Today I want to talk about spunding beer during fermentation. Reason being; it’s discussed amongst brewers regularly online. Especially when lagers are the topic of discussion…
So, What Is Spunding?
Spunding is the method where brewers “naturally” carbonate their beers. A device called a spunding valve (pictured below) is attached to your tank. A spunding valve allows a brewer to set the head pressure of a fermentation vessel to predetermined level.
When you ferment a beer; CO2 is created as part of the process. Now, some of the CO2 in the head space is absorbed by the wort/beer. Whilst some escapes out of the spunding valve.
When the pressures too high; the spunding valve allows the excess C02 to escape the tanks. During the fermentation; wort slowly picks up carbonation, naturally absorbed from the headspace.
Brewers will tell you this method produces smaller/finer bubbles for a “smoother” carbonation compared to forced carbonation later in the brewing process.
I’ve been spunding beers for most of my 25-year brewing career. But, I don’t spund all beers during fermentation. For instance; I don’t spund when I’m using a hop cannon later in the brew.
However, for the majority of beers I do cap the beer during fermentation. The reason being is…
The Advantages of Spunding Beer During Fermentation
You’re essentially “capturing” some of the CO2 given off during fermentation to carbonate the beer. If you carbonate your beer after fermentation then you’re paying for the CO2 you’re adding. You can fully carbonate your beer naturally by spunding.
During fermentation there are many complex reactions taking place. When you ferment under pressure many undesired by-products are suppressed. Such as, limiting ester and fusel alcohol production.
Ester production usually leads to fruity aromas plus flavors in beer. For lagers, these “fruity notes” are not true to style. So, fermenting under pressure is preferable.
“Again, it was found that both esters and fusel alcohol concentrations decreased as a result of increasing pressure, which the authors said was “partially caused by the inhibition of growth of metabolically active biomass.” Specifically, concentrations of ethyl acetate at the end of fermentation were approximately around 30 mg/l @14 psi, 13 mg/l @29 psi, and 9 mg/l @43 psi (converted from bara).”Taken from Renger, R. S., Hateren, S. H., & Luyben, K. C. (1992). The Formation Of Esters And Higher Alcohols During Brewery Fermentation; The Effect Of Carbon Dioxide Pressure. Journal of the Institute of Brewing
Less Headspace Needed
When you ferment under pressure you reduce the krausen. The “foam” on top of the fermentation is reduced. For brewers this is desirable; as you can fit more wort into the FV without the krausen coming out of the tank.
Increased Hop Aroma/Flavor
If the CO2 is allowed to escape during fermentation, it can drive off the hop oils with it. A role of a brewer is to showcase those volatile hop oils in many beer styles. Therefore, capping your fermentation helps keep more of these the volatiles in the beer.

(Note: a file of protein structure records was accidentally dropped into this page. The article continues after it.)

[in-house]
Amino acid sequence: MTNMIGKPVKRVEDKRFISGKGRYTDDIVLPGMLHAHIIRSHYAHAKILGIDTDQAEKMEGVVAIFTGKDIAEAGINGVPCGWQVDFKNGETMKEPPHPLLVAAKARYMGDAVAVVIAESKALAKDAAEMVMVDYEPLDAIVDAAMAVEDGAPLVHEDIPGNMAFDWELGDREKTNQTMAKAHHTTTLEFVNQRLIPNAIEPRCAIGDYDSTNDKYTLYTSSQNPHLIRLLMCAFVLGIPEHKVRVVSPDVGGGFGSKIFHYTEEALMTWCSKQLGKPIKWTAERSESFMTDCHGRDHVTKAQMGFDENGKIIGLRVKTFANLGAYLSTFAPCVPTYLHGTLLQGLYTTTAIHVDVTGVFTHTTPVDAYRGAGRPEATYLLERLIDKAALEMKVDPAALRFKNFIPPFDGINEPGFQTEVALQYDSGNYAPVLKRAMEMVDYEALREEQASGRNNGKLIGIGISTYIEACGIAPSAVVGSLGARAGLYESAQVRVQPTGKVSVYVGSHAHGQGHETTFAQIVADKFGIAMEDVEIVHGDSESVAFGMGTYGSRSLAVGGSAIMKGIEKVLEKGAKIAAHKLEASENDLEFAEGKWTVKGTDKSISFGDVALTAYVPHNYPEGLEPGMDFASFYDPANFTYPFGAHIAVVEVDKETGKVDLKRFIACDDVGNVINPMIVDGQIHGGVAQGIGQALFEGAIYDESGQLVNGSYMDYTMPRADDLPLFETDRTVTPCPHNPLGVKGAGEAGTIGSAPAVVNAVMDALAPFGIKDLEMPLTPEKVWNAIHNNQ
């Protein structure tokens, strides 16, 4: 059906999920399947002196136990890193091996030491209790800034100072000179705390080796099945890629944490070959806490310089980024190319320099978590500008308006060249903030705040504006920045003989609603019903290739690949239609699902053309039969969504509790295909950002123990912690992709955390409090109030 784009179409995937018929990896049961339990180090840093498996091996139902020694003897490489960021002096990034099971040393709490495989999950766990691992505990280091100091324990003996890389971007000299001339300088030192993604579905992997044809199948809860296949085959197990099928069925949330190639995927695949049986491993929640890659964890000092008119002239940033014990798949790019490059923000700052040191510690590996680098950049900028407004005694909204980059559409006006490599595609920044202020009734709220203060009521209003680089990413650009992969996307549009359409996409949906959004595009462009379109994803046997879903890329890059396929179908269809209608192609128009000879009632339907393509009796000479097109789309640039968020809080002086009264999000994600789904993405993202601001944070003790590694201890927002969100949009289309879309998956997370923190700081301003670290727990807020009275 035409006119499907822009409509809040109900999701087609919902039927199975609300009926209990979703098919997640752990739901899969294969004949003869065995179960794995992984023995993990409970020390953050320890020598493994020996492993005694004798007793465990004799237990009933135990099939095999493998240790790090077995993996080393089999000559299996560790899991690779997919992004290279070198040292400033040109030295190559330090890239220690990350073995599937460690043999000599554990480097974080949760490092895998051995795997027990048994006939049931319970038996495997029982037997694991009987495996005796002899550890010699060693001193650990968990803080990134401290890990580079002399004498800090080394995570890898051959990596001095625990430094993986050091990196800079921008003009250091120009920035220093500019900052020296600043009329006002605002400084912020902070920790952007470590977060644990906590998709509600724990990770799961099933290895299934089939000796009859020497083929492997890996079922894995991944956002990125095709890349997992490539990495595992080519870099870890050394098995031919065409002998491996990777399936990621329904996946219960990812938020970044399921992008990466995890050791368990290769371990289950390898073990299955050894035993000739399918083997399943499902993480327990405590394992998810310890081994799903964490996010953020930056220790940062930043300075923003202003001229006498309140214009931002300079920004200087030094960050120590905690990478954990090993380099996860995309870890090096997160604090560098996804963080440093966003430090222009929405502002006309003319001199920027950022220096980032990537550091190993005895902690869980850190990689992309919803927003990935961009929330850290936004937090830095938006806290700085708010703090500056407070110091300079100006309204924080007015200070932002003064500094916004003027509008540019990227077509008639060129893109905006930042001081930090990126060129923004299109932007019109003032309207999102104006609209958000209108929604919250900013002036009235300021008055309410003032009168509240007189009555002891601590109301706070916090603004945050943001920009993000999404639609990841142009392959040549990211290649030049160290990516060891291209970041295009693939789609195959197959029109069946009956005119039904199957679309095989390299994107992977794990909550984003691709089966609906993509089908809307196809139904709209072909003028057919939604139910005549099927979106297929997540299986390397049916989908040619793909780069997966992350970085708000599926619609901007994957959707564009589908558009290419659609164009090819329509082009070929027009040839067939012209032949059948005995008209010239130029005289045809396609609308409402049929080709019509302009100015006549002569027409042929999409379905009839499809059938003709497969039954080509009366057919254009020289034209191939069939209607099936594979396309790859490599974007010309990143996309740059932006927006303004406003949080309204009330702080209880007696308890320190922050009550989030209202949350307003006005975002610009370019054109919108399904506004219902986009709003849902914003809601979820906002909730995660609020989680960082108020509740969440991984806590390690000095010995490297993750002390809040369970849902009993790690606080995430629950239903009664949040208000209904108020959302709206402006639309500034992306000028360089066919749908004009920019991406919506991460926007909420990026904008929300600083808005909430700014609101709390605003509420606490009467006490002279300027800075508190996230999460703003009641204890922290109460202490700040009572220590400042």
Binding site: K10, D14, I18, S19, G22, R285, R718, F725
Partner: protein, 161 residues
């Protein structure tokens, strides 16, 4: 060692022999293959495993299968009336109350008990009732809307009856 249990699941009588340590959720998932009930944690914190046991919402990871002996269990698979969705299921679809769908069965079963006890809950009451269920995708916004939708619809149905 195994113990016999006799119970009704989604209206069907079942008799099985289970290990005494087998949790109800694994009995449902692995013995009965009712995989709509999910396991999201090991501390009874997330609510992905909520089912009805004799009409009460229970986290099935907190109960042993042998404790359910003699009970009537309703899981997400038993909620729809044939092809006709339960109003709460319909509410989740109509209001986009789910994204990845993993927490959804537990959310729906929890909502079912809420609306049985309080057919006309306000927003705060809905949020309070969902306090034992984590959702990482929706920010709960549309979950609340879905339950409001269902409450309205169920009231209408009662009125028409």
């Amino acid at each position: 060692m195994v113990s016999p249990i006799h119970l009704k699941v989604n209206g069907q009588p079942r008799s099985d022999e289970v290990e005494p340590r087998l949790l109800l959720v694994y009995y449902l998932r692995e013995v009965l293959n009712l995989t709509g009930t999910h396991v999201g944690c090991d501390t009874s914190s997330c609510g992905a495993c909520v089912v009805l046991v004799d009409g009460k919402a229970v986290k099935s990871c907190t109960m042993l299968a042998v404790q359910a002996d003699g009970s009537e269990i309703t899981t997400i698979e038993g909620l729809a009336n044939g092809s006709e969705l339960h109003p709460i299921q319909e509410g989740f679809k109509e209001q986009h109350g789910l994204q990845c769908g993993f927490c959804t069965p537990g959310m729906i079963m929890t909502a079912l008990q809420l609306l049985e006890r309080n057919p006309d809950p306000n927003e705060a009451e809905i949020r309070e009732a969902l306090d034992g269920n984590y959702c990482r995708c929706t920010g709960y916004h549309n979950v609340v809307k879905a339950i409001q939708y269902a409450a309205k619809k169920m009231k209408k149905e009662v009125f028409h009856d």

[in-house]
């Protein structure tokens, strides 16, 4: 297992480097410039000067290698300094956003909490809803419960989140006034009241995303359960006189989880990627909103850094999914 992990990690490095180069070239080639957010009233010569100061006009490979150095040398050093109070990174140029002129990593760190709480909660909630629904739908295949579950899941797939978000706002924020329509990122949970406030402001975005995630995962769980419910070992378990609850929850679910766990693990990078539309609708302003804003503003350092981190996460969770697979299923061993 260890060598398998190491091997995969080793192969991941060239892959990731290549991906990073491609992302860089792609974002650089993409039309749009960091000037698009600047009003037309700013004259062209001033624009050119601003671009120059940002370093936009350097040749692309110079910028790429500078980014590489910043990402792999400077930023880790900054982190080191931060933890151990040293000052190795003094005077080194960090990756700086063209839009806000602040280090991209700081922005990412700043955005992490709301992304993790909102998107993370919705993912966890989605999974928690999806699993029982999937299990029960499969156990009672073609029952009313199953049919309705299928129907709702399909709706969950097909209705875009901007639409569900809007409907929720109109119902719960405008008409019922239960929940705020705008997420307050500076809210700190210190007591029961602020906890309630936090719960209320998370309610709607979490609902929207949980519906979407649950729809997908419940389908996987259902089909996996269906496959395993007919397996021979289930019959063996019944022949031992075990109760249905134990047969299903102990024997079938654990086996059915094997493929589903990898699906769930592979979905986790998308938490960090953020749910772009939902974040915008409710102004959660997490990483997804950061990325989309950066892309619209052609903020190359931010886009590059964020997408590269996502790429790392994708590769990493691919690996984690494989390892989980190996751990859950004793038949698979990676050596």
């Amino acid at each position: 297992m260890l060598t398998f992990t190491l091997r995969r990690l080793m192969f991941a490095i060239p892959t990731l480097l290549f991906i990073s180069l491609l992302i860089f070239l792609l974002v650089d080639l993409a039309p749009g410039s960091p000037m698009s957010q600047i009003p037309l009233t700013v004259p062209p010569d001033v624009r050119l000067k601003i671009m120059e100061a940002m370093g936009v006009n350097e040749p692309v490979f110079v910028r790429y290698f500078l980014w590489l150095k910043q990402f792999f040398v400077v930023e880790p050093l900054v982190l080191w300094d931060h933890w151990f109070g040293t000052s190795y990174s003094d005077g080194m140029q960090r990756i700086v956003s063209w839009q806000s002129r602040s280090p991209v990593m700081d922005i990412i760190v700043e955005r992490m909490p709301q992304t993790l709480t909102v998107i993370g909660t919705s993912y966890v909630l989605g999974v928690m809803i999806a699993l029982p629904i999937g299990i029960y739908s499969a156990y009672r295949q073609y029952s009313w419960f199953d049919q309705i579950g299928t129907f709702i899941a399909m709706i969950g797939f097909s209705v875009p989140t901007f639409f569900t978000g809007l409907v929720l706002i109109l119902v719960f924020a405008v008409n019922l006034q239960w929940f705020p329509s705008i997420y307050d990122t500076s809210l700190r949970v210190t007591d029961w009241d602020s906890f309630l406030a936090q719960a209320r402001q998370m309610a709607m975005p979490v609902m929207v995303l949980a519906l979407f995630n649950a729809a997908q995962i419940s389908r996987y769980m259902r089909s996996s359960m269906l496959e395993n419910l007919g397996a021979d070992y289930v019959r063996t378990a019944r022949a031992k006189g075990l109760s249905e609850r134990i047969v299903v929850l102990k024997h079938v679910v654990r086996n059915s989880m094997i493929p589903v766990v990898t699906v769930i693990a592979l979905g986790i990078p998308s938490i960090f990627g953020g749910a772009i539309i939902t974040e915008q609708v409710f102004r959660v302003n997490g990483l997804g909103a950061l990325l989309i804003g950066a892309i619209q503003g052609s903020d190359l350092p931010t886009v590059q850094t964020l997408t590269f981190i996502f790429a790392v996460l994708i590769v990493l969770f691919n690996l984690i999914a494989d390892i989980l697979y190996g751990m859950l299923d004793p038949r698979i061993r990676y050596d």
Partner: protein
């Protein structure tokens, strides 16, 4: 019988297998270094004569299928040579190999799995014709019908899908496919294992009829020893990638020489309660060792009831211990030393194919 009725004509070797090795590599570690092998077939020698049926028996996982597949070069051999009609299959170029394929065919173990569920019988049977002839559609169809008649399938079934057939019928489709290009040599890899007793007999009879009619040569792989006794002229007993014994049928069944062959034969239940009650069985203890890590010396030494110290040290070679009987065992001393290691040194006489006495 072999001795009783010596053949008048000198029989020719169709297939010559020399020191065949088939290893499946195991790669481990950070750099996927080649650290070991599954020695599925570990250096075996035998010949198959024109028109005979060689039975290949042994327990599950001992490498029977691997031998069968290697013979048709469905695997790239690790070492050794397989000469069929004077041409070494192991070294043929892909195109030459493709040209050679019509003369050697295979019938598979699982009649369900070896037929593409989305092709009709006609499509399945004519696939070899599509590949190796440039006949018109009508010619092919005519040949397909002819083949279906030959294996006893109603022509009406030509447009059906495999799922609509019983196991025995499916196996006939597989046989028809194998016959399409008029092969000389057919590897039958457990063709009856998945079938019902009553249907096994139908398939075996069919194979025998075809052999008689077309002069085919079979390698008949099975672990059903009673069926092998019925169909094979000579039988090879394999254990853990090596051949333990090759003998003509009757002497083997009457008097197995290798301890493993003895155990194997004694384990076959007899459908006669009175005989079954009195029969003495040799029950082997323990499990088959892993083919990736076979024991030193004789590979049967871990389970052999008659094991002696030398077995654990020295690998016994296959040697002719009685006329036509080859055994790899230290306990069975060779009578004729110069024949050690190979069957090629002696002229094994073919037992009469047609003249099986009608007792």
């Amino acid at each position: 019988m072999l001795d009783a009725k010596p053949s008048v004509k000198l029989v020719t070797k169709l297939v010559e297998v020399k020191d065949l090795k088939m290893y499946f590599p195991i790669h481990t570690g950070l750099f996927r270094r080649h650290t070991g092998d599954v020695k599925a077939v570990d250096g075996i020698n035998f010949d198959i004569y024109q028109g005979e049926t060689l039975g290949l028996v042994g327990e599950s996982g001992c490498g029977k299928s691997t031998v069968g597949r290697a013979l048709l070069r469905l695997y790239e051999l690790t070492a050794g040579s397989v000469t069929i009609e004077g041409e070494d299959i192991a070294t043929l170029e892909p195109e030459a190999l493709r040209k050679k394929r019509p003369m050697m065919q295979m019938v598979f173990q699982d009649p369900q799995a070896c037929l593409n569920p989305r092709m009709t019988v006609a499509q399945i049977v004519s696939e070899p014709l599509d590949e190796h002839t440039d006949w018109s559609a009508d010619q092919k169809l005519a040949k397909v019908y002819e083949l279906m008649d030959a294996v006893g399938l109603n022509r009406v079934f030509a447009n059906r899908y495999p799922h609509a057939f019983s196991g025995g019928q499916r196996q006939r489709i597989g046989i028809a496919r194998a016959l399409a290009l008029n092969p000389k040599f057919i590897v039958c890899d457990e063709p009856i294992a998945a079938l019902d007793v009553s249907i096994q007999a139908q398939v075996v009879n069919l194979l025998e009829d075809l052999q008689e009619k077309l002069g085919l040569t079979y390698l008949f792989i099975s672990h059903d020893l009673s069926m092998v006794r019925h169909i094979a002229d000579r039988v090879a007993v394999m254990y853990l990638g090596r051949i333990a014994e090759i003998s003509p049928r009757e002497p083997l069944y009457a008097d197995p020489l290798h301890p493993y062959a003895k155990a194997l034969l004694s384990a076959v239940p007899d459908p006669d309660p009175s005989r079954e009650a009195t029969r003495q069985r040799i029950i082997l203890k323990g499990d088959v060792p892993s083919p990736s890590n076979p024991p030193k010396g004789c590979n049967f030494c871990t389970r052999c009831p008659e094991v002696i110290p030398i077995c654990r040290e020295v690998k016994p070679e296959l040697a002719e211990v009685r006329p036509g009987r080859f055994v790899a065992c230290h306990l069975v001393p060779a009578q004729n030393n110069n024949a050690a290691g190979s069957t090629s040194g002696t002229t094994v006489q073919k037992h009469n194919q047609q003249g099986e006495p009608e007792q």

Fermenting at Higher Temperatures
As we have written above; when you ferment under pressure you suppress the formation of off-flavours. If you don’t ferment under pressure plus have a high fermentation temperature; it can produce solvent like off-flavours.
When you ferment under pressure; you can ferment at a higher temperature without the risk of these off-flavours being present in the final beer in many instances.
The Disadvantages of Spunding Beer During Fermentation
There are some disadvantages spunding beer during fermentation. Although they’re more like processes and issues to look out for. Anyway, here they are:
What Beer Styles Are You Brewing?
In some beer styles ester formation is desirable. For instance; with hefeweizens, witbiers and some IPA’s the fruity flavors from esters are true to style.
So, fermenting under pressure means you lose some of this “fruity” aspect from the beer. In this instance some brewers still cap the fermentation, but later in the process. Around 1 to 2 points before final gravity, then let the head pressure go to 30-40 PSI to natural carbonate the beer.
If the pressure during fermentation gets too high; it can stress the yeast in some instances. This can lead to lower yeast growth and the brewer not reaching desired terminal gravity. Some brewers believe when you cap the fermentation, you shouldn’t go above 15 PSI.
The Dreaded Dry Hop Volcano – Safety Issues
Adding hops to beer already carbonated; can cause a dreaded dry-hop volcano. When this happens, the added hops act as a nucleation point causing the CO2 to break out of solution and surge. It’s a similar reaction to when you add mentos to cola.
Equipment and Costs
If you ferment under pressure you need a vessel than can hold said pressure. So, having a PRV (pressure relief valve) on your tank is recommended. So, if for some reason the pressure in the tank gets too high it will be released automatically.
Pressurised tanks are more expensive than non-pressurised tanks. Furthermore, the cost of the PRV and spunding valve also adds to the costs. However, over time some of the costs can be recovered from the money saved on CO2.
How Do You Spund Your Beer?
Everyone has their own method of spunding beer. With the fermentation being capped at different set pressures and stages of attenuation. This depends on beer style, plus what the brewers trying to achieve with the brew.
There are two points of order about the amount of CO2 dissolved by a liquid. These are pressure and temperature. The colder a liquid; the more readily it will absorb carbon dioxide. The higher the pressure the more quickly CO2 is absorbed too.
I’ve adapted my spunding technique throughout my career with some changes coming more recently. I was lucky to brew with an old Czech brewer two years ago. I did a brewhouse installation in Armenia for a wonderful brewery called Dargett.
Dargett had bought their equipment from Slovakia; we ended up doing the first few brews on the new system with the Czech brewer. He had some great tips on how and when to spund. Which I’ve incorporated into this article after doing more research myself.
Spunding Beer During Fermentation – When to Cap
I start spunding when I know the beer is actively fermenting. Usually when then beer has dropped 2-3 Plato and/or there’s visible active fermentation. As I say; some brewers cap earlier, or even directly after pitching.
The pressure I keep on the tank is dependent on tank geometry and how much headspace there is. I’d suggest 10 PSI as a good starting pressure when spunding for the first time. However, you can start lower; then increase pressures over time finding you find your “sweet spot’.
As I’ve said; some brewers don’t go above 15 PSI, believing you might stress the yeast. Again, this is personnel preference. As is the point you decide to cap fermentation depending on attenuation reached.
I’m Not Going Getting Too Specific